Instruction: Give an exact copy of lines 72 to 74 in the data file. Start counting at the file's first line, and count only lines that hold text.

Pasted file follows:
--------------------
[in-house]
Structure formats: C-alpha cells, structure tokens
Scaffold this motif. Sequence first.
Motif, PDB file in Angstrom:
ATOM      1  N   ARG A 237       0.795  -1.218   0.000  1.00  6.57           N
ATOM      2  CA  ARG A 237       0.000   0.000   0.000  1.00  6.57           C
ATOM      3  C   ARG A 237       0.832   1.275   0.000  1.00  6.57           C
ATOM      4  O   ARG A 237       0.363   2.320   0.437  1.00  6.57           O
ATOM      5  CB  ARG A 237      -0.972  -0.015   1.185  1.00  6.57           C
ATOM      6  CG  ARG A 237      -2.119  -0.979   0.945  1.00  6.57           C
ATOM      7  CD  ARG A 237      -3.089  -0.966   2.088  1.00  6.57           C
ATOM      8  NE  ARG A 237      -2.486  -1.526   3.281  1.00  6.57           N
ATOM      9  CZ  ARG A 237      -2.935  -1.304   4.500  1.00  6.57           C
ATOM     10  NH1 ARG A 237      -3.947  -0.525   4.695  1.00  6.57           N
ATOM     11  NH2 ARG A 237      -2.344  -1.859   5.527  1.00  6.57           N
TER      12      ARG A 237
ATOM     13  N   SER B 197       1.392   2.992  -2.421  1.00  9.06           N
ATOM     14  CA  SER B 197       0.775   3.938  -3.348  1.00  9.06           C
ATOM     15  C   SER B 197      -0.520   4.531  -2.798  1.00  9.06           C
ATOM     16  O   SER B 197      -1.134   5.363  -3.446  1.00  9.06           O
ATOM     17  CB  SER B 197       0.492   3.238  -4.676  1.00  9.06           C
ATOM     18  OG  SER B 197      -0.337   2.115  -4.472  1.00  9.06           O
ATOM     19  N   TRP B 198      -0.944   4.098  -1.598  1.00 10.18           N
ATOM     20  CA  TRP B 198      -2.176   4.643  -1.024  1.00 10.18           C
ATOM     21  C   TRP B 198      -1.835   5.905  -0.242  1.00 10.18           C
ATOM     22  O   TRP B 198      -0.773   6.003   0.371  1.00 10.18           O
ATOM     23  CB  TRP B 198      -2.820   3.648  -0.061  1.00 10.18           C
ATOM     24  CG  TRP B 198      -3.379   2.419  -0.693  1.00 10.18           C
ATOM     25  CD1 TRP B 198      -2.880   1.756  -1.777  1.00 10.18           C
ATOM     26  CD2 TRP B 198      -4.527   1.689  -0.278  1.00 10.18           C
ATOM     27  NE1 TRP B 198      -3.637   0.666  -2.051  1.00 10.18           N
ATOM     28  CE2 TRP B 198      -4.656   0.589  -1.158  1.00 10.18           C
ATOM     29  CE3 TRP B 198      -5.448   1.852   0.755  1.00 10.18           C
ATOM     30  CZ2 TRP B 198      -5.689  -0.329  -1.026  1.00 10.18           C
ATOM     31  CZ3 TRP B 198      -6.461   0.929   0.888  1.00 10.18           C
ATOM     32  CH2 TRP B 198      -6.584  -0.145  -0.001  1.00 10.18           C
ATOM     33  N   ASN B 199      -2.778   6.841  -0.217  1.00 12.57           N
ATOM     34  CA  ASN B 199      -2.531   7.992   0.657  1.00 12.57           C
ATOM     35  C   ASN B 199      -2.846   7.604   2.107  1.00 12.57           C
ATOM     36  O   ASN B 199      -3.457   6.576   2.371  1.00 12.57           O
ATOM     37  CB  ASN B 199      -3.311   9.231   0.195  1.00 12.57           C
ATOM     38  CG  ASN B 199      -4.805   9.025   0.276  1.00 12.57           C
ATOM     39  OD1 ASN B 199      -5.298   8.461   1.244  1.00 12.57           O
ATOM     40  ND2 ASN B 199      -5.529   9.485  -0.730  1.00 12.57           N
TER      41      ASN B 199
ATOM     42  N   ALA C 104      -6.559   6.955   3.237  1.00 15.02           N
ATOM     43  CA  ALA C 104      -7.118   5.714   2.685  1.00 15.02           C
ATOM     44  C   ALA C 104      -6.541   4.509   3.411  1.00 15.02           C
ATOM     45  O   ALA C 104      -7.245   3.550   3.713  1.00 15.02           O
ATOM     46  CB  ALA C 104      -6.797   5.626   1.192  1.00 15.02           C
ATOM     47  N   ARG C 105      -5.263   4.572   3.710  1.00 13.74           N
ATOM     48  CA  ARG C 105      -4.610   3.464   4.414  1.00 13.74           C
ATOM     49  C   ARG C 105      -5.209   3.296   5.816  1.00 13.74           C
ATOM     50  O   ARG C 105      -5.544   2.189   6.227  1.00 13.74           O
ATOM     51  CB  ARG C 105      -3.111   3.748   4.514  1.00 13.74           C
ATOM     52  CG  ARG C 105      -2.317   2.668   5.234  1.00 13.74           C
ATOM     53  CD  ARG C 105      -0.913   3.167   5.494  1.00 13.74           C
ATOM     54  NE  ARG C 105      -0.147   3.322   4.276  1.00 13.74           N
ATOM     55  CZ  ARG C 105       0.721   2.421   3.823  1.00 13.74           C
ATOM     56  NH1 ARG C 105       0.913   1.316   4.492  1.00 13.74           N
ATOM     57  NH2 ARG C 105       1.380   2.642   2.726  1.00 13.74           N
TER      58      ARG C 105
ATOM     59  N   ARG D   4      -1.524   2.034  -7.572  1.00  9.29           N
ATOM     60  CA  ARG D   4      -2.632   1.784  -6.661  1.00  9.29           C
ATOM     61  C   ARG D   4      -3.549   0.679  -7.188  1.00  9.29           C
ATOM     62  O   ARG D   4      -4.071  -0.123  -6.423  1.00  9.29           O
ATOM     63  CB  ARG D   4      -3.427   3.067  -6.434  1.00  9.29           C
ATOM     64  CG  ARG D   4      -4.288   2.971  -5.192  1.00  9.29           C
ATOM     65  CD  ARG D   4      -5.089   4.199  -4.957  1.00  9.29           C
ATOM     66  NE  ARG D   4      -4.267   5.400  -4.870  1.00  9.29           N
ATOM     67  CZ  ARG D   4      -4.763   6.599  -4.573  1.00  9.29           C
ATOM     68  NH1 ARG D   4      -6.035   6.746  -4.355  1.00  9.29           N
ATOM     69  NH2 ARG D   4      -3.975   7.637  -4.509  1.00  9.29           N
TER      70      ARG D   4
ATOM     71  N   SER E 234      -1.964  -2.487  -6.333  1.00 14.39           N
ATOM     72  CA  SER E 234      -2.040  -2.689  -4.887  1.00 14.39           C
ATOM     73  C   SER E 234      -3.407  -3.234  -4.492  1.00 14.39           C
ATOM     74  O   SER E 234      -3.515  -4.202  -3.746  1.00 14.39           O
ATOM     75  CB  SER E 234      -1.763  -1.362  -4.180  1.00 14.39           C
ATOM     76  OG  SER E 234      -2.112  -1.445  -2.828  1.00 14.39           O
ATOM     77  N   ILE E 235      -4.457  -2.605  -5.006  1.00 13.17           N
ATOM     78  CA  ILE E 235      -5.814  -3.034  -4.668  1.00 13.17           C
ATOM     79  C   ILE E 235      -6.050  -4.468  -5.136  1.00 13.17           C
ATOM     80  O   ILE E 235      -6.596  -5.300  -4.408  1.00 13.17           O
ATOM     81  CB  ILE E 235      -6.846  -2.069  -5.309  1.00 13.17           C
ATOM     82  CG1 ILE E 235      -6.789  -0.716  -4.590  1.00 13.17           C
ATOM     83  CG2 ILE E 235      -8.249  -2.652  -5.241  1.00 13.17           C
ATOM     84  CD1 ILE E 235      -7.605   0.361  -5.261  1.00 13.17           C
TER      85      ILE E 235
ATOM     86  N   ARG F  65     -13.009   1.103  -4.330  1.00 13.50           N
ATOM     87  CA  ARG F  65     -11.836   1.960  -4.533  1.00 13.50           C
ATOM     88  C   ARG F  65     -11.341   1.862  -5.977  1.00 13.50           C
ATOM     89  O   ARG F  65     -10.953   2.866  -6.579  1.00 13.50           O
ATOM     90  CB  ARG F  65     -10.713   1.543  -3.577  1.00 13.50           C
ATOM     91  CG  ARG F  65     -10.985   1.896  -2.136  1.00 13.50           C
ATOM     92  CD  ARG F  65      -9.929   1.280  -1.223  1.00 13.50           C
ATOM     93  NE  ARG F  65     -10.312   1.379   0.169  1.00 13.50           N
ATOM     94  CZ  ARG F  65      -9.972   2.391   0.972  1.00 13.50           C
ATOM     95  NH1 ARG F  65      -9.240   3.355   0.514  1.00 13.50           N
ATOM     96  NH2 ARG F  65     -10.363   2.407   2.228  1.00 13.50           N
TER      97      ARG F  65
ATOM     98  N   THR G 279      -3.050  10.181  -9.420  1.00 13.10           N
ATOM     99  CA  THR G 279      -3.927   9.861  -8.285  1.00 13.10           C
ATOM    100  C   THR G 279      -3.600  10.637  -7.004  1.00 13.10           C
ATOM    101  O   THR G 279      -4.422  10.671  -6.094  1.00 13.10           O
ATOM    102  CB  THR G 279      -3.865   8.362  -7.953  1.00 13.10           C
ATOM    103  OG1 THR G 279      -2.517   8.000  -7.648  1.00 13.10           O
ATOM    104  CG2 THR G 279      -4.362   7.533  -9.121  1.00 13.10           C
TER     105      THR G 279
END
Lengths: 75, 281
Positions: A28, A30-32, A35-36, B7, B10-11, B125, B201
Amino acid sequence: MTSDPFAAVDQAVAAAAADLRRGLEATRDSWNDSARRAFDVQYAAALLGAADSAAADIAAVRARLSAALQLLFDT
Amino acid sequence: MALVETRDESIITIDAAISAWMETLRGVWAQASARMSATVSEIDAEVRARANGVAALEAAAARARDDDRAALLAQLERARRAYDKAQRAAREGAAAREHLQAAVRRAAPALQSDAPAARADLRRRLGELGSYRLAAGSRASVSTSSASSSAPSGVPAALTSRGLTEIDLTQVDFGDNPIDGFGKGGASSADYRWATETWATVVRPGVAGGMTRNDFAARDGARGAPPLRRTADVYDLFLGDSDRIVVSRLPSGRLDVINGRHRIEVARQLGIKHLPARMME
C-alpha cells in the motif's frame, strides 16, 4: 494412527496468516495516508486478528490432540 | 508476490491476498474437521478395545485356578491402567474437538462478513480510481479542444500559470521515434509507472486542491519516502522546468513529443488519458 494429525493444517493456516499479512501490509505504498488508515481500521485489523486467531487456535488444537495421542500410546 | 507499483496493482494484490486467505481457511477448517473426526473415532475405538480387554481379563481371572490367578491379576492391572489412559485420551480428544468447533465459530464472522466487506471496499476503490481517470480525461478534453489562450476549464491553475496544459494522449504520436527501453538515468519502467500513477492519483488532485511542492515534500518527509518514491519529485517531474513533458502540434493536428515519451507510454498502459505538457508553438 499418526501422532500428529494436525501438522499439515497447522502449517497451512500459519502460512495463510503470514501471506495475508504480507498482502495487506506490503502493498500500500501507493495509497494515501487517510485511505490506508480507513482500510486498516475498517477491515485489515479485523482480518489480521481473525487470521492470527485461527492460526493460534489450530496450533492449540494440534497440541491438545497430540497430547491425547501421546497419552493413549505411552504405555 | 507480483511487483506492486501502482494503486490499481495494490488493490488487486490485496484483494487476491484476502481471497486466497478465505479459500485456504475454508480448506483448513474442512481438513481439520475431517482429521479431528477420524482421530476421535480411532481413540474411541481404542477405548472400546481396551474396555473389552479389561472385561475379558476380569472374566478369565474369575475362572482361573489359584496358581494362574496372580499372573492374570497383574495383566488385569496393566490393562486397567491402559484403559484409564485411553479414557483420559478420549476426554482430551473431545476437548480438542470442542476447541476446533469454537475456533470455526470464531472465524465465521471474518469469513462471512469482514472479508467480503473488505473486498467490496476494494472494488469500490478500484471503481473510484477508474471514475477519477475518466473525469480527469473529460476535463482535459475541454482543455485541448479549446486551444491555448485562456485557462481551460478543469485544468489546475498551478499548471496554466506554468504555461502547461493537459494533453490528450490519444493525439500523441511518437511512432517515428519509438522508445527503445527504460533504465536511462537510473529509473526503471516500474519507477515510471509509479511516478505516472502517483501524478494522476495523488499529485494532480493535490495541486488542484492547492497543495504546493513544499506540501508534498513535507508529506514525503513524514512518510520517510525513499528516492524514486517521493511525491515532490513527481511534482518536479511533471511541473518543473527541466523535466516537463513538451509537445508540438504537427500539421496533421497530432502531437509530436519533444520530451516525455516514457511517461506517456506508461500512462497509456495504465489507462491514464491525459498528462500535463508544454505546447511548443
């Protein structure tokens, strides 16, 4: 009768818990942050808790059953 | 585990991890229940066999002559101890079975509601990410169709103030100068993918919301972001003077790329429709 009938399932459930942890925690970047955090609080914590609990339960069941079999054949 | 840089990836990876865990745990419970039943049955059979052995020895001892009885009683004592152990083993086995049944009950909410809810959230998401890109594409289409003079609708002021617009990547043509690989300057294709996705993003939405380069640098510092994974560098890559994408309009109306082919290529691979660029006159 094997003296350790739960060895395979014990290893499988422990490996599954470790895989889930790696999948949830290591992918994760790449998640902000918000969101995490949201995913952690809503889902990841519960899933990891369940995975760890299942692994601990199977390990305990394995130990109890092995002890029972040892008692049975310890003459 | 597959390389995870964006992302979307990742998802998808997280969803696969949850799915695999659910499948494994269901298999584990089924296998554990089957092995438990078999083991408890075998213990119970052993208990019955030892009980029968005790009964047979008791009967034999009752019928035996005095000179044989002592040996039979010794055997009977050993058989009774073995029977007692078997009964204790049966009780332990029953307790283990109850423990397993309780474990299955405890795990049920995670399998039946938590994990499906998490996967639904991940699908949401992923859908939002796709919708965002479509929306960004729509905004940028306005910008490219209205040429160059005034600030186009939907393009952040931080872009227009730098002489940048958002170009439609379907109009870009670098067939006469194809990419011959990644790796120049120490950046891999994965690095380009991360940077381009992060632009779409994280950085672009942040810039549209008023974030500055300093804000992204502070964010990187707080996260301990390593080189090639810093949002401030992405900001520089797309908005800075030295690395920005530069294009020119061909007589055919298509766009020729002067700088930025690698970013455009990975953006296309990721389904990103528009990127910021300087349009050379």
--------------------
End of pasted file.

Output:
ATOM     68  NH1 ARG D   4      -6.035   6.746  -4.355  1.00  9.29           N
ATOM     69  NH2 ARG D   4      -3.975   7.637  -4.509  1.00  9.29           N
TER      70      ARG D   4